Companies are turning to cloud computing as a cost-effective, secure, and scalable way to store their data, streamline collaboration, and access new capabilities without the enormous capital expenditures that normally come with a new technology purchase.
As the trend toward “digital transformation” advances, more organizations are moving their core business operations to cloud platforms. However, with this shift, the question of data security often arises.
After all, storing sensitive information on remote servers can seem risky, but is it really? The answer is complex. We wrote this article to help you better understand the topic and keep your data safe in the new cloud era.
Cloud data is quite secure by nature, and big cloud providers like Microsoft, Google, and others employ skilled cybersecurity technicians to ensure that customer data is well protected. Here are some of the ways that cloud data are generally safer than onside data.
Cloud providers take the necessary steps to update their network infrastructure, and they do so by applying patches and updates to the hardware and software that power their data centers.
Patch management is an important step toward optimizing and securing an IT system. Applying updates to fix vulnerabilities and maintain proper security practices reduces the "attack surface" of your network and keeps hackers from exploiting the most well-known vulnerabilities.
Another important aspect of cloud security is 24/7 security monitoring. Cloud providers have well-staffed teams of security experts who monitor their systems around the clock. They watch for unusual network activity that could indicate a security breach, a layer of security that no small-or medium-sized business could match when they store their data in internal systems.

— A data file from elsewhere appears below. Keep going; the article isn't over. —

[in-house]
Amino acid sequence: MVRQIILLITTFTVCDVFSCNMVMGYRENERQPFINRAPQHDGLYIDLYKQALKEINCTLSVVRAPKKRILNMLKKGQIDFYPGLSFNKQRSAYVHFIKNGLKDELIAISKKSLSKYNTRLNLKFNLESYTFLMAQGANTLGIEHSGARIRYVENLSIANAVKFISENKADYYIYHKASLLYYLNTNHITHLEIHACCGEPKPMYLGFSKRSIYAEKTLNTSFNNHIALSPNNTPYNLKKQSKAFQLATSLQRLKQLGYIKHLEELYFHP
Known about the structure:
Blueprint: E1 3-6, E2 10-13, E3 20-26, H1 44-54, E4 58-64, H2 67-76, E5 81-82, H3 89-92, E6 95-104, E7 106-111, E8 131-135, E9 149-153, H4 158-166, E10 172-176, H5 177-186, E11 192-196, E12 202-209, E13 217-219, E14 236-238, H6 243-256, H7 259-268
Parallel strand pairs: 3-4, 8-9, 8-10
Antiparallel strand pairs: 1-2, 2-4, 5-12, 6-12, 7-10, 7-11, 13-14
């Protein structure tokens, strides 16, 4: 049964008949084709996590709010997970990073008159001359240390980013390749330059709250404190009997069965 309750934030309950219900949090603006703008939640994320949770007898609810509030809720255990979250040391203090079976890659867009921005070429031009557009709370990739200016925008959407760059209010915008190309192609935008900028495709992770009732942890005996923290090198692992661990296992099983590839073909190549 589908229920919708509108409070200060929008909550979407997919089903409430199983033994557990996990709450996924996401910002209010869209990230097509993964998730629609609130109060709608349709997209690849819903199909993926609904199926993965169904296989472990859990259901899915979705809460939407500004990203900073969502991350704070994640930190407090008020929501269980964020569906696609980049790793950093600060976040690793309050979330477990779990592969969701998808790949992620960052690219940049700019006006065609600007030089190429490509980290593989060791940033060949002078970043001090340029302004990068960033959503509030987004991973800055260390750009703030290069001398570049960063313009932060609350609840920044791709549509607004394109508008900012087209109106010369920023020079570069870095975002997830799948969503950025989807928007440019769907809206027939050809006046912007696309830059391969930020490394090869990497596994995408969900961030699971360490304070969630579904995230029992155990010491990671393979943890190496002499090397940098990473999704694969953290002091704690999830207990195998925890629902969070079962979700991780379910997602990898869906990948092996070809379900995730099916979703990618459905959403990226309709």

Cloud providers also have backup systems in place to ensure data availability in case of a disaster. All cloud data are backed up to other services, so even if one server fails, there is another that can take its place. This helps prevent data loss and ensures that businesses can access their information, even during an outage.
Big cloud providers also hire third-party firms to perform audits of their services. These audits help identify any security vulnerabilities that need to be addressed. By doing this, cloud providers are demonstrating their commitment to security and helping build trust with their customers.
Finally, cloud providers have a range of security monitoring tools that they use to detect and respond to security threats. These tools help prevent attacks, monitor traffic, and protect against data breaches.
Although cloud storage providers take numerous steps to ensure the safety of their data, there is no guarantee of complete security.
So, what gives? The major issue is that the nature of cloud data security is different from on-premises security, a reality which many small and midsized businesses haven’t fully adapted to yet.
Businesses that have committed to the cloud will need to take time to ensure that their systems are configured for maximum security. Here are a few first steps all businesses should take to secure their cloud applications:
Most cloud services provide encryption for your data once it reaches their service, but to protect data at every stage of the business, businesses should employ what’s known as “end-to-end encryption”.